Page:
The Adventure Collective

Local. Outdoor. Adventure.

Kayak Fish The Harbor (Charleston)

Kayak Fish the Harbor (James Island): The grassy marshland that lines the West Ashley and James Island side of Charleston harbor is rife with sea trout and red fish. A kayak’s silence and stealth allows anglers a closer approach to their prey than in a motorized craft. Focus on the mouths of small feeder creeks opening up into the harbor, or just troll an electric chicken lure behind your kayak and paddle along the grass line against the current....

Surf Fish Morris Island (Charleston)

Surf Angling the Morris Island Lighthouse (Folly Beach): Set up shop for a day of casting into the surf right where Folly turns toward Morris Island and its iconic lighthouse rises from the waves. Fish shrimp on a popping cork or let a bottom rig sit with shrimp or mullet. Redfish and flounder are frequently caught here (as are small sharks and rays — have your pliers handy). It’s also one of the better places to try saltwater fly...

Ride Ravenal Bridge (Charleston)

Cross the Largest Cable-Stay Bridge in the U.S. (Downtown Charleston): Forget the horse-drawn carriages: Charleston is best viewed by bicycle. Park at the Visitors’ Center on Meeting St., then head over to King St. and pedal north 1 mile to Huger St. Turn left, then turn right on Ashley Ave. Circumnavigate Hampton Park before turning into the Citadel, Charleston’s...

James Island Dog Park (Charleston)

James Island County Park Dog Park (James Island): With its sandy beach, swimming lake, and multi-acre field surrounded by woods, James Island boasts the Taj Majal of dog parks. The park provides drinking water, hoses for cleaning and cooling off, entry and exit gates, and bags and collection cans for your pooch’s poo. Directions from Charleston: Take Hwy 17 S and bear left after the Ashley River Bridge toward Folly Beach. Pass EarthFare on your right, cross another bridge,...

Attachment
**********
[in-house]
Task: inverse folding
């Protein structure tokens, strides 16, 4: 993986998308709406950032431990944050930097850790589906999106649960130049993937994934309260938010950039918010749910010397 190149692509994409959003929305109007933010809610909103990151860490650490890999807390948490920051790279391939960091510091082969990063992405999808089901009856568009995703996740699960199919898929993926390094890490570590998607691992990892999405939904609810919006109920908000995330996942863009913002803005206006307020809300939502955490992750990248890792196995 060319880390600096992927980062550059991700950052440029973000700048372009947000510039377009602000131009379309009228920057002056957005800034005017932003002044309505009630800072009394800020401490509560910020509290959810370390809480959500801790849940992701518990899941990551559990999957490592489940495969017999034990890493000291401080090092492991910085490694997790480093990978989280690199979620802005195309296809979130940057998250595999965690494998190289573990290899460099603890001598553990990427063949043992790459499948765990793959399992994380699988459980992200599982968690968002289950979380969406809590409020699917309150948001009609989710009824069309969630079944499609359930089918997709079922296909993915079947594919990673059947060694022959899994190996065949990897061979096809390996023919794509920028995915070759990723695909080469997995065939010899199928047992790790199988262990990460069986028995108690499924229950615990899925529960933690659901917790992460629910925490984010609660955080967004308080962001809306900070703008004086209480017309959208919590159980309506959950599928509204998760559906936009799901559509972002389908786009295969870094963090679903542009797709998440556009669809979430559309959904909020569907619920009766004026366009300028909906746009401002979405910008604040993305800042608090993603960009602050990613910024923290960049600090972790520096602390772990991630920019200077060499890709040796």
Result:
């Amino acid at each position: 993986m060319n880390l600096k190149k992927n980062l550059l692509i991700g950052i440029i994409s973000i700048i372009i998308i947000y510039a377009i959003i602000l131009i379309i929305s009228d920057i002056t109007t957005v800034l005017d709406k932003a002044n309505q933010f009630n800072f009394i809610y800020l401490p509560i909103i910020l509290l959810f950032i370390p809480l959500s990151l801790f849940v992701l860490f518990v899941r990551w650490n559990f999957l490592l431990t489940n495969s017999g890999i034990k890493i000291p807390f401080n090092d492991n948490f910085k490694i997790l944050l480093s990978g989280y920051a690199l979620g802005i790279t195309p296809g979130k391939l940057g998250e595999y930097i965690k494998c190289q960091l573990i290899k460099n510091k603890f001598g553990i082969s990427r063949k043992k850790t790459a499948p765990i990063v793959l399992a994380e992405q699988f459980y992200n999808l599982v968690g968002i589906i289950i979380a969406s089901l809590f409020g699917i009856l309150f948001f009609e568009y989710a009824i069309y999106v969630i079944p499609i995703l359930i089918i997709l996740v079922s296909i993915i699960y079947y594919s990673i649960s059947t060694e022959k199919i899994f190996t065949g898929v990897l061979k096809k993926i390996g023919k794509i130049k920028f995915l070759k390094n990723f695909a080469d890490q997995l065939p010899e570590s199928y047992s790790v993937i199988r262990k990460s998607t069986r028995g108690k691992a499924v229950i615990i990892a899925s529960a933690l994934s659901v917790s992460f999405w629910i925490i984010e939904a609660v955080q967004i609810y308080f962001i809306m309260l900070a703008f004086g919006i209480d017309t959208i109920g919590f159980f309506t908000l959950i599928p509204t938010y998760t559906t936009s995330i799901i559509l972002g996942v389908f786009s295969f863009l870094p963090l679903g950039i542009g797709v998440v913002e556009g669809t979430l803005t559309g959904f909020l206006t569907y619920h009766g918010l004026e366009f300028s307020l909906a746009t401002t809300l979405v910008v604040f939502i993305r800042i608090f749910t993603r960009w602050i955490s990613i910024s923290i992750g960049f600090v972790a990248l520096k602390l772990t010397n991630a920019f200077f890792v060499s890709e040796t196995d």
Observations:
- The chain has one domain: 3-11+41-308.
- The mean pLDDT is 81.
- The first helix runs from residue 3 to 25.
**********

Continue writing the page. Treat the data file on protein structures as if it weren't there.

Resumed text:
Explore Fort Moultrie (Charleston)

Explore Fort Moultrie (Sullivan’s Island): Fort Moultrie’s legacy lives forever on the S.C. state flag—the fort’s palmetto log sides famously absorbed a barrage of British cannonballs during the Revolutionary War. Today it’s a fine place to take your four-legged friend. Dogs aren’t allowed inside the fort itself, but when leashed they’re welcome to play in the surrounding fields, which...

Kiawah Beachwalker Park (Charleston)

Kiawah Beachwalker Park (Kiawah Island): Among Charleston’s beaches, Kiawah’s Beachwalker County Park has the least restrictive dog rules. They’re allowed year-round, all day long, as long as they’re leashed. It’s also one of the Lowcountry’s most beautiful and fragile beaches. Walk to the end of Capt. Sam’s Spit for a panoramic view of the Kiawah River, the Atlantic Ocean,...

Paddle The First Canal (Charleston)

Paddle America’s First Canal (Moncks Corner): Old Santee Canal Park boasts an impressive museum, visitor center and a boardwalk through the swampy area along the Cooper River. They also maintain the Santee Canal, built in the late 18th century to transport crops between the uplands and Charleston. Today, the canal is a fine place to explore and escape into nature. The park rents canoes for $3 per half hour, and you’re welcome to bring your own. Leashed dogs are...

Ride Raccoon Mountain (Chattanooga)

Small Intestine Loop (Raccoon Mountain, Mountain Bike): Features over 17.5 miles of single-track filled with beautiful views of the Tennessee River Gorge and Chattanooga. Trails range from easy to advanced and offer everything from fun rolling terrain to serious rock gardens that will challenge the most seasoned rider. For a must ride trail, check out the Small Intestine Loop. Local’s Picks: Raccoon Mountain Trails – Ronnie Driver, River City Bikes Pick: Raccoon Mountain Trails I like riding Raccoon Mountain,...

Explore Laurel-Snow Wilderness (Chattanooga)

Laurel-Snow Pocket Wilderness (Cumberland Trail, Dayton): Laurel-Snow is a 2,259-acre natural area located on the eastern escarpment of the Cumberland Plateau, just north of Dayton. The trail, named for its two scenic waterfalls, includes three scenic overlooks as well as creeks, steep gorges, a small stand of virgin timber and spring wildflowers. After 1.5 miles of hiking into the natural area beside Richland Creek, the trail forks. Follow the trail to the left to reach Snow Falls (35 ft.);...

Signal Point Trail (Chattanooga)

Signal Point Trail (Cumberland Trail, Prentice Cooper State Forest): A must do hike in Chattanooga filled with scenic overlooks, waterfalls, swinging bridges, and water side campsites! A short hike from the parking lot, hikers are greeted with an overlook of the Tennessee River Gorge and downtown Chattanooga. A couple of miles further, and hikers will encounter Rainbow Falls on...